A Musician Describes his use of Marijuana for Creative Purposes by Anonymous
Over the years, marihuana has served as a creative stimulant to my work as a performer and my more occasional inspirations as a composer. Almost all my choral pieces and songs have been composed partly or wholly under the influence: melodic and rhythmic ideas just pop into my head during relaxed and happy moments – “points of creative release” – and these seminal ideas are formed into a whole composition over a period of days to years.
Marihuana has also helped me as a performer to gain insights into the meaning of musical masterpieces. Practicing new repertoire while using marihuana is not a good idea, since the keen mental concentration needed to learn notes is somewhat impaired. But once I have learned a piece fluently, marihuana enhances my understanding of what it means as an entirety.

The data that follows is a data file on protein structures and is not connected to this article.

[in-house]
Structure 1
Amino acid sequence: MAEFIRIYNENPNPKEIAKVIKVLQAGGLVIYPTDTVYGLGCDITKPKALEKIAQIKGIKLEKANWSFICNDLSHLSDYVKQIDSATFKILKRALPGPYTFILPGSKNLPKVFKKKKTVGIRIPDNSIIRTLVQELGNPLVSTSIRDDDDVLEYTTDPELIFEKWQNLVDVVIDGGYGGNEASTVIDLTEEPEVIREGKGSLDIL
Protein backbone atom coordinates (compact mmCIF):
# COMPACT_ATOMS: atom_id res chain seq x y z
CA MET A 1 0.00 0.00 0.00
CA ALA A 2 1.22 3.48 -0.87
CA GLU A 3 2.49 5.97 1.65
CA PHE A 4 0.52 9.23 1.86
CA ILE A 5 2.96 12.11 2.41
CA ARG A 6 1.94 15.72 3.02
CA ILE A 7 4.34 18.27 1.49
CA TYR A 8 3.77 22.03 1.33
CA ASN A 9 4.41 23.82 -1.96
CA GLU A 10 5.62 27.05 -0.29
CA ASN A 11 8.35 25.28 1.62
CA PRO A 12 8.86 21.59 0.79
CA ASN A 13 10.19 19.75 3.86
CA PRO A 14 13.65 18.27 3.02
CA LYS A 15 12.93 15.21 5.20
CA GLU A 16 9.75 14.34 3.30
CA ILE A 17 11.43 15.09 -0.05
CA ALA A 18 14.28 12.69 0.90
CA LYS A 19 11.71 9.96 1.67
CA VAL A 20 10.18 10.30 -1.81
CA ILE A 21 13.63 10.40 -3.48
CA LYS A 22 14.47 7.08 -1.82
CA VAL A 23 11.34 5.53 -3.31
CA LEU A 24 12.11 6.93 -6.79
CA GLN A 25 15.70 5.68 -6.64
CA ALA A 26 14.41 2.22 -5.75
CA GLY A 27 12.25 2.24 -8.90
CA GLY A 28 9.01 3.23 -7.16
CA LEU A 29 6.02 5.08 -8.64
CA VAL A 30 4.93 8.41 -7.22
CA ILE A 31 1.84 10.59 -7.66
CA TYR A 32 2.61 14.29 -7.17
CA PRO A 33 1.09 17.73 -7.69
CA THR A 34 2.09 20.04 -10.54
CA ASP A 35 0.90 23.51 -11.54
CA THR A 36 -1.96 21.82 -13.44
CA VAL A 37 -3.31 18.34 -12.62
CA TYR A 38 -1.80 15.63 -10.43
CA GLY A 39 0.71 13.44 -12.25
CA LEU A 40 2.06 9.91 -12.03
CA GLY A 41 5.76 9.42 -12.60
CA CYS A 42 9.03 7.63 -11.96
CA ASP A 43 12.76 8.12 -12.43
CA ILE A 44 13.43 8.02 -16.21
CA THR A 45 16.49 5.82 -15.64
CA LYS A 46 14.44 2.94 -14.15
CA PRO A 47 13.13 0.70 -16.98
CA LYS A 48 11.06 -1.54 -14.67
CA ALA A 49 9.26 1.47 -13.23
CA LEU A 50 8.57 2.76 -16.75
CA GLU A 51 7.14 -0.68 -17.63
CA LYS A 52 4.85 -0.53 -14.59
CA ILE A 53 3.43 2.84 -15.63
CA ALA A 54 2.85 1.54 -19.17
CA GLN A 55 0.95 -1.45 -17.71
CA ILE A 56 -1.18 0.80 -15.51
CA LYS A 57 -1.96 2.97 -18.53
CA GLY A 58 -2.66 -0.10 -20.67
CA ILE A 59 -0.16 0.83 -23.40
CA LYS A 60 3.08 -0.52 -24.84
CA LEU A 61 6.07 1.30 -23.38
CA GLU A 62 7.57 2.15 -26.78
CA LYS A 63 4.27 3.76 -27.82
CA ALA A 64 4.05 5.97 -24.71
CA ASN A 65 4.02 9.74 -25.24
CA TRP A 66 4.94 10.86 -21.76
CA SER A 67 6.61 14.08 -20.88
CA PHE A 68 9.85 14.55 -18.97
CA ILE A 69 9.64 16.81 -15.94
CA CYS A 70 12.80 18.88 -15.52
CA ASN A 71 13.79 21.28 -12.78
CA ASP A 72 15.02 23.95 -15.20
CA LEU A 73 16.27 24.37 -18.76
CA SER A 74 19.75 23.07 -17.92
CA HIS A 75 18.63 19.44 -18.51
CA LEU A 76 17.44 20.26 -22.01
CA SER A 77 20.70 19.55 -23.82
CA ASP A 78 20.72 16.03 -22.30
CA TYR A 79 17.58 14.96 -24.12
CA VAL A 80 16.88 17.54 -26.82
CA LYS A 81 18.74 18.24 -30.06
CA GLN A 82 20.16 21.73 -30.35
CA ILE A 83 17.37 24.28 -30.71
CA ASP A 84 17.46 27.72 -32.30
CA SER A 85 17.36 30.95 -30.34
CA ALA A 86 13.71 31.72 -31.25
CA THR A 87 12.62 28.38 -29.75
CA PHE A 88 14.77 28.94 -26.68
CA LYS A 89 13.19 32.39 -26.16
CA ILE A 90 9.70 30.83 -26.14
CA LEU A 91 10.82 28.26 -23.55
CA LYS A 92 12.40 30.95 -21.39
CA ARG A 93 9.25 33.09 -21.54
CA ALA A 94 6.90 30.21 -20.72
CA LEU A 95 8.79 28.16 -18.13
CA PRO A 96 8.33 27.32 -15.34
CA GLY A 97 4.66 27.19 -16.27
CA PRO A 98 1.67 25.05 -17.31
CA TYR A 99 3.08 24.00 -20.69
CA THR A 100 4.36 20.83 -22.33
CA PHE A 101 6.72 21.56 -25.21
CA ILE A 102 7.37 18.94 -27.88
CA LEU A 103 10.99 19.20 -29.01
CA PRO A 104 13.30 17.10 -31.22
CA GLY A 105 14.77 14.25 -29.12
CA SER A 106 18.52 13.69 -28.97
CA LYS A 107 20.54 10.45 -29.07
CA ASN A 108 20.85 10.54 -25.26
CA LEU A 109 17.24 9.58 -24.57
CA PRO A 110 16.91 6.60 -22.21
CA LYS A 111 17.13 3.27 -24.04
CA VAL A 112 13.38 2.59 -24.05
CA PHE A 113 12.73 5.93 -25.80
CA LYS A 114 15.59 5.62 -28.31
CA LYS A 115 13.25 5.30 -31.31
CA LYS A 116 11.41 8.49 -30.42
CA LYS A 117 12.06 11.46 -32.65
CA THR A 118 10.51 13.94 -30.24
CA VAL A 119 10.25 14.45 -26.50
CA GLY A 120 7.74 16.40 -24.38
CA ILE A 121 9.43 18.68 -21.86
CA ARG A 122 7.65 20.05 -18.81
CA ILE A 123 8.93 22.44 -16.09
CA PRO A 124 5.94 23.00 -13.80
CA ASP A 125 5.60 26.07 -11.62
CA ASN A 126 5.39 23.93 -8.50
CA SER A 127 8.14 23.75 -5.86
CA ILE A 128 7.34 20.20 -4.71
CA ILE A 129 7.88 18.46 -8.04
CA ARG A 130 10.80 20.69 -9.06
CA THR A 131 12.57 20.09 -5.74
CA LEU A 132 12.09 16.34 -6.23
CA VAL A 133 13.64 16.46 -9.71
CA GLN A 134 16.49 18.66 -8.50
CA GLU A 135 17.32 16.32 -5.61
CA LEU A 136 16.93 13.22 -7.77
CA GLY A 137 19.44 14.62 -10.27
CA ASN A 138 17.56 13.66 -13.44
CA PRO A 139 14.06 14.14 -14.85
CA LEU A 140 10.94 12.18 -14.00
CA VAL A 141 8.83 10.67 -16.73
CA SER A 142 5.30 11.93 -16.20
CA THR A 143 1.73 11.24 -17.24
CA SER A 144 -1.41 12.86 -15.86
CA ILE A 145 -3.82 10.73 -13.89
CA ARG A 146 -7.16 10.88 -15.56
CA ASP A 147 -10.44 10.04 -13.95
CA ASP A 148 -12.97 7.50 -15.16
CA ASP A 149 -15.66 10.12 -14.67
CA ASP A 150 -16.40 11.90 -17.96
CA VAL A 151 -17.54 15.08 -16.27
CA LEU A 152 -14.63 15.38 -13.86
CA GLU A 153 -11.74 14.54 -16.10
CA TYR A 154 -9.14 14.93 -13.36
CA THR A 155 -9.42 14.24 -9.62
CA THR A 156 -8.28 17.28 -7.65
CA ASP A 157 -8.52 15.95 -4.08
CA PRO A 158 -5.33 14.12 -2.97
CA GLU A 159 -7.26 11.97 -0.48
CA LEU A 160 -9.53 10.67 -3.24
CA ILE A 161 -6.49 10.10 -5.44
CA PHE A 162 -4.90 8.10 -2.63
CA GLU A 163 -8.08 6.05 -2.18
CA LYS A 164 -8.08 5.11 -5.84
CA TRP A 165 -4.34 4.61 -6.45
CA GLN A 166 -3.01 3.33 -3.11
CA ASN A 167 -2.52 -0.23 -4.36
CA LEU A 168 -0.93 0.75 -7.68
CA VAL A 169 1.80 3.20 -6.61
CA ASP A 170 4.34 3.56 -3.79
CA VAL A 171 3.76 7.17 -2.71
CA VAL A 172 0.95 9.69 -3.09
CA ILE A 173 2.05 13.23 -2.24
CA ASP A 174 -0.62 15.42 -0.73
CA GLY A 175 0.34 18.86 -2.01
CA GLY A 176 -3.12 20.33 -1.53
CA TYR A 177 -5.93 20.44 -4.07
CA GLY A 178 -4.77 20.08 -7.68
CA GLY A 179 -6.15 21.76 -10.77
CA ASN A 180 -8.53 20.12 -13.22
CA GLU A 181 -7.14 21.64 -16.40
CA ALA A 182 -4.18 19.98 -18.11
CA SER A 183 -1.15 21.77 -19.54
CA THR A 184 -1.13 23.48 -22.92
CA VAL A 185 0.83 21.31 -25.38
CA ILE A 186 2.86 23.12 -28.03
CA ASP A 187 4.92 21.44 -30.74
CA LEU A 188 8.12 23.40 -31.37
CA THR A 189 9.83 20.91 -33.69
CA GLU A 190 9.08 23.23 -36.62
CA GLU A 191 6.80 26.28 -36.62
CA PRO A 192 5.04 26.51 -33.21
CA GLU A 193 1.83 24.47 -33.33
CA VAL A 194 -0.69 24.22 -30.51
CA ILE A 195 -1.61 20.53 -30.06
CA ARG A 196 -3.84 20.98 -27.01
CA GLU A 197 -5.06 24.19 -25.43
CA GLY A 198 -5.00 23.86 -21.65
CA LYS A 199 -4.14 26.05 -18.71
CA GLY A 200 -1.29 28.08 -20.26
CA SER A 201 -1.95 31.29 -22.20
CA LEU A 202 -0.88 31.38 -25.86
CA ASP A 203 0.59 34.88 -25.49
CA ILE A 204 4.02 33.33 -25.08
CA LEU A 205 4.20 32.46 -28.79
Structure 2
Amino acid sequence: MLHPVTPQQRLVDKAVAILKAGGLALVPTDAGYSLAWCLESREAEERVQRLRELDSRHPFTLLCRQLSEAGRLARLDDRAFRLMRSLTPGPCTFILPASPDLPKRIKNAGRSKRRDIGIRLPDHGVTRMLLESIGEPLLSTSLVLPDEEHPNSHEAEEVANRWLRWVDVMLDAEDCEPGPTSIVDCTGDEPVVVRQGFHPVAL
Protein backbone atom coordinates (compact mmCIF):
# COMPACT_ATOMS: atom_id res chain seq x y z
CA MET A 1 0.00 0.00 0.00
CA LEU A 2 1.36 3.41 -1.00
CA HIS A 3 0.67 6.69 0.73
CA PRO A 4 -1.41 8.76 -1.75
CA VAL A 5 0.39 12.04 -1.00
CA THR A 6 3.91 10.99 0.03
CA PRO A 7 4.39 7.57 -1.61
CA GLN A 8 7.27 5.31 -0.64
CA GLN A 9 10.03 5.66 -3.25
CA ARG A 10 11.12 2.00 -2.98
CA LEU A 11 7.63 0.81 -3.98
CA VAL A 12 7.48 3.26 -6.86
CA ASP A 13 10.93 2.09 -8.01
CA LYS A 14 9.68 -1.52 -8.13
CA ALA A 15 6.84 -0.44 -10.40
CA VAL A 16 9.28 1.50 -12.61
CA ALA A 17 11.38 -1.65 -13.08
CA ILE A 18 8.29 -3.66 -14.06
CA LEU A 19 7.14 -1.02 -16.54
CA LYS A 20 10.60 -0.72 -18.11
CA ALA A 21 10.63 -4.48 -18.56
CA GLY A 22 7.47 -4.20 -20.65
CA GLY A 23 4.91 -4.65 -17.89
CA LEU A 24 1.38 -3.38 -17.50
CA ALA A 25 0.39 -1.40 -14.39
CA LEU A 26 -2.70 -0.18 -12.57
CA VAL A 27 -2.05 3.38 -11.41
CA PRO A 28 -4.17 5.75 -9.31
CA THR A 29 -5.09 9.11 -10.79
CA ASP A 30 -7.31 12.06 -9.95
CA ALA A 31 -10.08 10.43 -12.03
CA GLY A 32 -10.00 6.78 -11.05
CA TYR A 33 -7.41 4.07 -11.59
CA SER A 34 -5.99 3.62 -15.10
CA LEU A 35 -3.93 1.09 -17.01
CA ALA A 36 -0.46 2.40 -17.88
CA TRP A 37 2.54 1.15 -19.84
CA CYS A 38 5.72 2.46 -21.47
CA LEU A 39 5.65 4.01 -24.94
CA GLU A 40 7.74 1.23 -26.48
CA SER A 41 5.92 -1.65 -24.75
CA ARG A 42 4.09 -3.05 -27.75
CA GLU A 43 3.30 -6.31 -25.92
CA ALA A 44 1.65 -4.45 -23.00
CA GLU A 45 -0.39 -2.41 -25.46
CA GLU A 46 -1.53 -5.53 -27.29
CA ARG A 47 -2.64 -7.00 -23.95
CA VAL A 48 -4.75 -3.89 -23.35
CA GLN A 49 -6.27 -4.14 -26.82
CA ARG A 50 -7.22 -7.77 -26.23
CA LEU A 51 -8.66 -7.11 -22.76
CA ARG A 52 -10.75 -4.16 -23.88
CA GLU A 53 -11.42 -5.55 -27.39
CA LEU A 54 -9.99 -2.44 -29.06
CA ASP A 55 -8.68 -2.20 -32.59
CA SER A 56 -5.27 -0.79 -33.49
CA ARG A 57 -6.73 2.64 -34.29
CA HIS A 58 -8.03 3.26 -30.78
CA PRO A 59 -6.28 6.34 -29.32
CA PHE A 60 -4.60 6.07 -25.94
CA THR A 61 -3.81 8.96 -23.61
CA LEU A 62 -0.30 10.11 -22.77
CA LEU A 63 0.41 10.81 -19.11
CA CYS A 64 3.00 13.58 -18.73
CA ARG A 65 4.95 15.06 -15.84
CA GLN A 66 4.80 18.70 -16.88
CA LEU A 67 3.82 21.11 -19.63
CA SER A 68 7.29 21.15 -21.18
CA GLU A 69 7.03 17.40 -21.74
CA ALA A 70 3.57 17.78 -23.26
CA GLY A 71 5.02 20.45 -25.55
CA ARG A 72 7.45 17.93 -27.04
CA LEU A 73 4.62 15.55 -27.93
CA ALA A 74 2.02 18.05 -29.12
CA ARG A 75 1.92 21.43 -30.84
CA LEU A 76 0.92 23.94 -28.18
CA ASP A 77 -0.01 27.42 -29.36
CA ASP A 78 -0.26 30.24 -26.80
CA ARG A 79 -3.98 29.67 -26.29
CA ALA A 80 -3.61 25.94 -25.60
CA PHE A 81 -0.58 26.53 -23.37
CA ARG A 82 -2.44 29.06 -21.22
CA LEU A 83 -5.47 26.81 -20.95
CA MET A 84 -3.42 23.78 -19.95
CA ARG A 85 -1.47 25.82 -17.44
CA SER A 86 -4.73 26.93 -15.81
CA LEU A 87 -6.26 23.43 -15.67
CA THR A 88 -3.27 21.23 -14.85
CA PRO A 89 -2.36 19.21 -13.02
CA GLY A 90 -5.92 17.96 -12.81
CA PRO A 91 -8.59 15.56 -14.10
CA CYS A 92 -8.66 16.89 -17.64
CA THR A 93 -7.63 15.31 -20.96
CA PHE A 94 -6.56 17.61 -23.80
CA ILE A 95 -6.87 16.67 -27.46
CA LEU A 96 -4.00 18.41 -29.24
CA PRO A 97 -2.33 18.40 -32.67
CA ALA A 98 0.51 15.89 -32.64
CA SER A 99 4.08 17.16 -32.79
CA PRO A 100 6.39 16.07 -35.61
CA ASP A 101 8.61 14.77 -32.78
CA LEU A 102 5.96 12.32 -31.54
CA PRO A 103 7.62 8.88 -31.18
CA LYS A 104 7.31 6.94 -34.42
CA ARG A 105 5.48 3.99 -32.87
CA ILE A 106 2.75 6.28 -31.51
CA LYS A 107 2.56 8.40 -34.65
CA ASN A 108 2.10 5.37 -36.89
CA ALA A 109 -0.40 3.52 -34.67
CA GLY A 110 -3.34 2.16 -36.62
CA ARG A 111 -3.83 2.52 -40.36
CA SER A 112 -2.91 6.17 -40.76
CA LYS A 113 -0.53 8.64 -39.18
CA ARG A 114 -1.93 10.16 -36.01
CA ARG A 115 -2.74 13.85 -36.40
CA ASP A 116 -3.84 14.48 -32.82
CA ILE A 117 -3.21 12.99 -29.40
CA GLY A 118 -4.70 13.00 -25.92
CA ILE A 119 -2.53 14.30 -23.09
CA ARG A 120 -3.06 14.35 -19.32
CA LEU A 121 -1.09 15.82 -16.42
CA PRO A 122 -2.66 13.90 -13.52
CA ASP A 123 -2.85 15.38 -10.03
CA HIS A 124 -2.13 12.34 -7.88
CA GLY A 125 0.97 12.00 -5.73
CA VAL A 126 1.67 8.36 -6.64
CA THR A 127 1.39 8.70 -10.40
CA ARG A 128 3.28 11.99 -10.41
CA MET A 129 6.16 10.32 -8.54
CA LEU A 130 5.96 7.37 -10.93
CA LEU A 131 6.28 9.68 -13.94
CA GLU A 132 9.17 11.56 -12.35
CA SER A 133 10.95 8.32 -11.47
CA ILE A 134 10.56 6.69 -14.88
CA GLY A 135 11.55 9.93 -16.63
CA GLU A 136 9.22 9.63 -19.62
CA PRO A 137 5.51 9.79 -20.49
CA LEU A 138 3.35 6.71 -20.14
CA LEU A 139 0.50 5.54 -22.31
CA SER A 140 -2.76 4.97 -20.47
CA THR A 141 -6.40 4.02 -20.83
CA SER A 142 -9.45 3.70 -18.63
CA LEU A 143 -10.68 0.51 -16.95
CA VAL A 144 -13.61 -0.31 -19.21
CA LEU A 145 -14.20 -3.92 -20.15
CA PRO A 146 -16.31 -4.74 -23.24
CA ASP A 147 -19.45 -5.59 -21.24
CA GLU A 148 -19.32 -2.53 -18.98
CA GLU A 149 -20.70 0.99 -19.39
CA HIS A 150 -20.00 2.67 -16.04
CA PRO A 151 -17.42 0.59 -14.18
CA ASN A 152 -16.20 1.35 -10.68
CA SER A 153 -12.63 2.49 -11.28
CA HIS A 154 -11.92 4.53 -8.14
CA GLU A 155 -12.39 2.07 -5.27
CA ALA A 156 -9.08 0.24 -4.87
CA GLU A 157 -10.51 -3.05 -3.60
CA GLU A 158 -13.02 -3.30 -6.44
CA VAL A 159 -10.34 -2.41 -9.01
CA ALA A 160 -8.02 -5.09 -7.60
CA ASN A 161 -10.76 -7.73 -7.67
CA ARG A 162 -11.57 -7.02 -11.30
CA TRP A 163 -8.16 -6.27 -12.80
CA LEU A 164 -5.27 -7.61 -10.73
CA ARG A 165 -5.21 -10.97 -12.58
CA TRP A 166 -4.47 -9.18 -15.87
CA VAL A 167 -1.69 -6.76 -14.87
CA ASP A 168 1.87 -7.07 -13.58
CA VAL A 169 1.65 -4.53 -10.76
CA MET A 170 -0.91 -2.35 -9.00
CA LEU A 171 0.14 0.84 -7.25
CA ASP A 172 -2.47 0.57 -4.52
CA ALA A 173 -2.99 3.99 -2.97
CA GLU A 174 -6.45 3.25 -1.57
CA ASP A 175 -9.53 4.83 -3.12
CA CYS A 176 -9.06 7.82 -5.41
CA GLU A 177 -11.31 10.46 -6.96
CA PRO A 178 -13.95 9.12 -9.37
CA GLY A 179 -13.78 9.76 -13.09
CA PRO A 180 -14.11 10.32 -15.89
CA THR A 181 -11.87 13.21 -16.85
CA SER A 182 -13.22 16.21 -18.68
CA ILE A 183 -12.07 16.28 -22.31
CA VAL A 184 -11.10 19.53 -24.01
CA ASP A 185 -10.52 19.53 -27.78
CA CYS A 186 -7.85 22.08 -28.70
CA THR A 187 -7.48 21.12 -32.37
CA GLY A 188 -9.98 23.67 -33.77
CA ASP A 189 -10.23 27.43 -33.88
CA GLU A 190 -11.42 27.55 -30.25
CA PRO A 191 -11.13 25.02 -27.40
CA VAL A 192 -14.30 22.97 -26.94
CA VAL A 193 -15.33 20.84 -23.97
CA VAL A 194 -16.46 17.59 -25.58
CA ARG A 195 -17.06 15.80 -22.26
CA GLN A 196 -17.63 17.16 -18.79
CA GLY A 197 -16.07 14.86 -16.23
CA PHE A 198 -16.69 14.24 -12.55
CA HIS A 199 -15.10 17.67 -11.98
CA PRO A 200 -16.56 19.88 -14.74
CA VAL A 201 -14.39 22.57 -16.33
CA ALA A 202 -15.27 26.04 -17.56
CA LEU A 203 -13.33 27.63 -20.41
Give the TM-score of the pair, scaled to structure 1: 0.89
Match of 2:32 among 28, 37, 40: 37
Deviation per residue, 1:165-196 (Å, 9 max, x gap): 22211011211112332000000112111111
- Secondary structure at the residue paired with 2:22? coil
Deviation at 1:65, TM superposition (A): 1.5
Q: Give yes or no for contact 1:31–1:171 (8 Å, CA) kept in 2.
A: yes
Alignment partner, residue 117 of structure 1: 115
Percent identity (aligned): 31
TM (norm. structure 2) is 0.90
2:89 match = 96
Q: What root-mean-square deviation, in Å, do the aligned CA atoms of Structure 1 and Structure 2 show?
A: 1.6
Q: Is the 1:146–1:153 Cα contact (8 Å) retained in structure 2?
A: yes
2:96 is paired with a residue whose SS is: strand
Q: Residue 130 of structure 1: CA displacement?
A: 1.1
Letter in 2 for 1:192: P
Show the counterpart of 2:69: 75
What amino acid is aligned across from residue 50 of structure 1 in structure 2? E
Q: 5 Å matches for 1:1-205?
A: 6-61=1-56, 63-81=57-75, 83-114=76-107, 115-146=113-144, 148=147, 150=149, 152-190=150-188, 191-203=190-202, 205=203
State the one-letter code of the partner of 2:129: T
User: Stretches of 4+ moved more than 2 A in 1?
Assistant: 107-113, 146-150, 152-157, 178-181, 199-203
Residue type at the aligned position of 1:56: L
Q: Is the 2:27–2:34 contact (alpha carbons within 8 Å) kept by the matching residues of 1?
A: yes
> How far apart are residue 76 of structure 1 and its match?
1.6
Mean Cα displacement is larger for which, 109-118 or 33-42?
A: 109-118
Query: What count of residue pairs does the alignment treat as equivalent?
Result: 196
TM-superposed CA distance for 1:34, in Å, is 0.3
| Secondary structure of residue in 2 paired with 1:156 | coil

On an average practice day, I work in the morning after drinking a few cups of coffee. In the late afternoon I often have a little workout in the gym, then come back to the piano, smoke some marihuana, and practice enjoyably and productively for one or two hours. I never try to perform in public while stoned, but I often listen to music after smoking marihuana, as do many other musicians I know.
I recently saw a television special on the life of Louis Armstrong in which his lifelong affection for marihuana was pointed out. He found it both an inspiration for his music and a balm against life’s trials. It works the same way for me; it’s one of my best friends (although I would prefer to take it in another form than smoking).